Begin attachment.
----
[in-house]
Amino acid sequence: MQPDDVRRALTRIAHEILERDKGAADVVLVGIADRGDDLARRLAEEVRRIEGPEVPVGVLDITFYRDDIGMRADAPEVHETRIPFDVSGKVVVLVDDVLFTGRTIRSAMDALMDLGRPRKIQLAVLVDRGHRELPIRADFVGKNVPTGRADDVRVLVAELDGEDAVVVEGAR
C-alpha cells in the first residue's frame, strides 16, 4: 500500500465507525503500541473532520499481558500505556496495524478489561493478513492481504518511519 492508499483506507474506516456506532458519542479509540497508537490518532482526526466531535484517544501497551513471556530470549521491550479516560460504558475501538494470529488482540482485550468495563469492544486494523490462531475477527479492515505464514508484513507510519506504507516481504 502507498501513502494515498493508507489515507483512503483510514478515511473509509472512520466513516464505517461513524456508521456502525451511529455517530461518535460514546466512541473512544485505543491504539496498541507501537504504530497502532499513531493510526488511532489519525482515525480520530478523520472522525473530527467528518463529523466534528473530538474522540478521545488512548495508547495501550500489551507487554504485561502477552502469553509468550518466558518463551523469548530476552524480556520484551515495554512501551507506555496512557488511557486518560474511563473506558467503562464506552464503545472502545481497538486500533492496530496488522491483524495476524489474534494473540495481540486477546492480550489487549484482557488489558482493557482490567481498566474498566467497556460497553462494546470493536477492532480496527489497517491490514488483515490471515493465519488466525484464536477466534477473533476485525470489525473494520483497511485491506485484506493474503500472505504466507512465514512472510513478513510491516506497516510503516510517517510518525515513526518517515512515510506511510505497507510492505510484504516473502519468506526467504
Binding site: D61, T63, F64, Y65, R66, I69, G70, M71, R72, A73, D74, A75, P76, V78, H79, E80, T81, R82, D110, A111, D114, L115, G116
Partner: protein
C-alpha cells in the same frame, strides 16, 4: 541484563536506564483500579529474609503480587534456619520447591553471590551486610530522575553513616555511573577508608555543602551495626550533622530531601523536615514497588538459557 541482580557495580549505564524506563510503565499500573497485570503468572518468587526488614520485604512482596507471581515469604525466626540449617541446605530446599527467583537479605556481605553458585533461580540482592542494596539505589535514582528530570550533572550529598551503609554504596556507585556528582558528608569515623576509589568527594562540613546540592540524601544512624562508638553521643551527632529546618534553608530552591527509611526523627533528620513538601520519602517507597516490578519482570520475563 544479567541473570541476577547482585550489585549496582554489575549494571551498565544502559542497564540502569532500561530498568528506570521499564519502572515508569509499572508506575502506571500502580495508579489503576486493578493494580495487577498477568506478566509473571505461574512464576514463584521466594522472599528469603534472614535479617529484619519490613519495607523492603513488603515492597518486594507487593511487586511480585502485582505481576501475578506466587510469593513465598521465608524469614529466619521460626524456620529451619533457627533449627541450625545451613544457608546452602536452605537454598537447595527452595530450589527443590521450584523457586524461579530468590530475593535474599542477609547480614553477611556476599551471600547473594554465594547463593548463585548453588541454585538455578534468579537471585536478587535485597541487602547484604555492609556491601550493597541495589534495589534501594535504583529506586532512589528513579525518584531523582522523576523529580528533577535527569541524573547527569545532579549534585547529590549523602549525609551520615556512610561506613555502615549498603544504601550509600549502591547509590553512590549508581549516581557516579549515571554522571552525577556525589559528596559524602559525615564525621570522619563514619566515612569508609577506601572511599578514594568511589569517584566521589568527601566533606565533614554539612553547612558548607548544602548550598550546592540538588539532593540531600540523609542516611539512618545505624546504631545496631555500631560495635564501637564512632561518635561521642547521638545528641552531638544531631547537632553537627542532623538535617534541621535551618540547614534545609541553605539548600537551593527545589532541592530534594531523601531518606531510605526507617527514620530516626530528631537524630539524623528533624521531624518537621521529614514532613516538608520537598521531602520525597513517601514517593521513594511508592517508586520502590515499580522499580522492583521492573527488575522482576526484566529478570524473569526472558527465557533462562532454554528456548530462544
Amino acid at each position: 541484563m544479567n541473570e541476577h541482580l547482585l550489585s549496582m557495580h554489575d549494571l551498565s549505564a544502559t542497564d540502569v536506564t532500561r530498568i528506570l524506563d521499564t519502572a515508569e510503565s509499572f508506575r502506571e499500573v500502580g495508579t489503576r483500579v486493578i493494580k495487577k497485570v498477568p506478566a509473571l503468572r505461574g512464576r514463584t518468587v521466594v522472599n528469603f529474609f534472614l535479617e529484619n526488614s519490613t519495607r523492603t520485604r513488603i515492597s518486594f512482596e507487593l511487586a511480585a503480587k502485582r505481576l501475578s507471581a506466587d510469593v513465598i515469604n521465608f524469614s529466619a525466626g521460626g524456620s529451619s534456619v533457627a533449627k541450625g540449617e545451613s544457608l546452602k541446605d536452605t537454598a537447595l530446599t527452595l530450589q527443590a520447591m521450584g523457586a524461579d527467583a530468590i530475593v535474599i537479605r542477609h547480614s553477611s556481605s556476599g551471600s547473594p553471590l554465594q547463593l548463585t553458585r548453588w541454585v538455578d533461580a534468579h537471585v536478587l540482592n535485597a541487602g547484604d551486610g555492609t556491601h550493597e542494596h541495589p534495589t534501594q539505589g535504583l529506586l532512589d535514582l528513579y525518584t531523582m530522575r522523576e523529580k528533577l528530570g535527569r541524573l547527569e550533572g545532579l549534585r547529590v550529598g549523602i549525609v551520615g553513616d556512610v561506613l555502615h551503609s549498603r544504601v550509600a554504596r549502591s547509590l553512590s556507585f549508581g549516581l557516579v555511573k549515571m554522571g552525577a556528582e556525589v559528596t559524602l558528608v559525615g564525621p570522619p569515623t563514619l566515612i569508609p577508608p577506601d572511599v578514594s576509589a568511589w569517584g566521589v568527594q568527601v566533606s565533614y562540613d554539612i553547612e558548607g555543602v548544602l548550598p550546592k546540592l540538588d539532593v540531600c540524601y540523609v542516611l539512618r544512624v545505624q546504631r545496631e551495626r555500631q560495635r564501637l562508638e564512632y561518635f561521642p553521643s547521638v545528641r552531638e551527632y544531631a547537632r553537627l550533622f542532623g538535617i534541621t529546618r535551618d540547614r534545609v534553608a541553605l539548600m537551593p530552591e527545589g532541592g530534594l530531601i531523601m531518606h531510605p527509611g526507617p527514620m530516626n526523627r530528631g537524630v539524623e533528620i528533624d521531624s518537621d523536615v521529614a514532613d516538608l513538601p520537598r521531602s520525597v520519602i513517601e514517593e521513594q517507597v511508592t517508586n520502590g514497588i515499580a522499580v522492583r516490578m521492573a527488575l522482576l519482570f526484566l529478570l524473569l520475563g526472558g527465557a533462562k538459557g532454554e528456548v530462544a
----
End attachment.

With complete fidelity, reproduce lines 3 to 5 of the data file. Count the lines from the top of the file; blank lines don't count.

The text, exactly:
C-alpha cells in the first residue's frame, strides 16, 4: 500500500465507525503500541473532520499481558500505556496495524478489561493478513492481504518511519 492508499483506507474506516456506532458519542479509540497508537490518532482526526466531535484517544501497551513471556530470549521491550479516560460504558475501538494470529488482540482485550468495563469492544486494523490462531475477527479492515505464514508484513507510519506504507516481504 502507498501513502494515498493508507489515507483512503483510514478515511473509509472512520466513516464505517461513524456508521456502525451511529455517530461518535460514546466512541473512544485505543491504539496498541507501537504504530497502532499513531493510526488511532489519525482515525480520530478523520472522525473530527467528518463529523466534528473530538474522540478521545488512548495508547495501550500489551507487554504485561502477552502469553509468550518466558518463551523469548530476552524480556520484551515495554512501551507506555496512557488511557486518560474511563473506558467503562464506552464503545472502545481497538486500533492496530496488522491483524495476524489474534494473540495481540486477546492480550489487549484482557488489558482493557482490567481498566474498566467497556460497553462494546470493536477492532480496527489497517491490514488483515490471515493465519488466525484464536477466534477473533476485525470489525473494520483497511485491506485484506493474503500472505504466507512465514512472510513478513510491516506497516510503516510517517510518525515513526518517515512515510506511510505497507510492505510484504516473502519468506526467504
Binding site: D61, T63, F64, Y65, R66, I69, G70, M71, R72, A73, D74, A75, P76, V78, H79, E80, T81, R82, D110, A111, D114, L115, G116
Partner: protein